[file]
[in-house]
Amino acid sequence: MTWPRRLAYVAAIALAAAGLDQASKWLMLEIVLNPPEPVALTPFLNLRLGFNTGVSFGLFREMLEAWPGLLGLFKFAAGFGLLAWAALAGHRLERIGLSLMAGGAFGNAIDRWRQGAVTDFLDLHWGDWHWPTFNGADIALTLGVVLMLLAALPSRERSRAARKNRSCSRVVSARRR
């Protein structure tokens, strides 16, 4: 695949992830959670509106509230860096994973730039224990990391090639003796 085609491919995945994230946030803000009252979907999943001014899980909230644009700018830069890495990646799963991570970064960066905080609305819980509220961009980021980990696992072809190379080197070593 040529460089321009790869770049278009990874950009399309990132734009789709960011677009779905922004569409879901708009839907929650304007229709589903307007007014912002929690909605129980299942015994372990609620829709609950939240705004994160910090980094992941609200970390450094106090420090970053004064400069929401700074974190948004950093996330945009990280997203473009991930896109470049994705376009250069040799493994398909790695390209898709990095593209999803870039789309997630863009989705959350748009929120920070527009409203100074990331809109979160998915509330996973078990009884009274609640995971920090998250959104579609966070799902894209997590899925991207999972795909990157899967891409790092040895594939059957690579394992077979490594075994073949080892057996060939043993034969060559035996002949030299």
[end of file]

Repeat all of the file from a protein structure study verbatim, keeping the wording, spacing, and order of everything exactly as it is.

[in-house]
Amino acid sequence: MTWPRRLAYVAAIALAAAGLDQASKWLMLEIVLNPPEPVALTPFLNLRLGFNTGVSFGLFREMLEAWPGLLGLFKFAAGFGLLAWAALAGHRLERIGLSLMAGGAFGNAIDRWRQGAVTDFLDLHWGDWHWPTFNGADIALTLGVVLMLLAALPSRERSRAARKNRSCSRVVSARRR
């Protein structure tokens, strides 16, 4: 695949992830959670509106509230860096994973730039224990990391090639003796 085609491919995945994230946030803000009252979907999943001014899980909230644009700018830069890495990646799963991570970064960066905080609305819980509220961009980021980990696992072809190379080197070593 040529460089321009790869770049278009990874950009399309990132734009789709960011677009779905922004569409879901708009839907929650304007229709589903307007007014912002929690909605129980299942015994372990609620829709609950939240705004994160910090980094992941609200970390450094106090420090970053004064400069929401700074974190948004950093996330945009990280997203473009991930896109470049994705376009250069040799493994398909790695390209898709990095593209999803870039789309997630863009989705959350748009929120920070527009409203100074990331809109979160998915509330996973078990009884009274609640995971920090998250959104579609966070799902894209997590899925991207999972795909990157899967891409790092040895594939059957690579394992077979490594075994073949080892057996060939043993034969060559035996002949030299």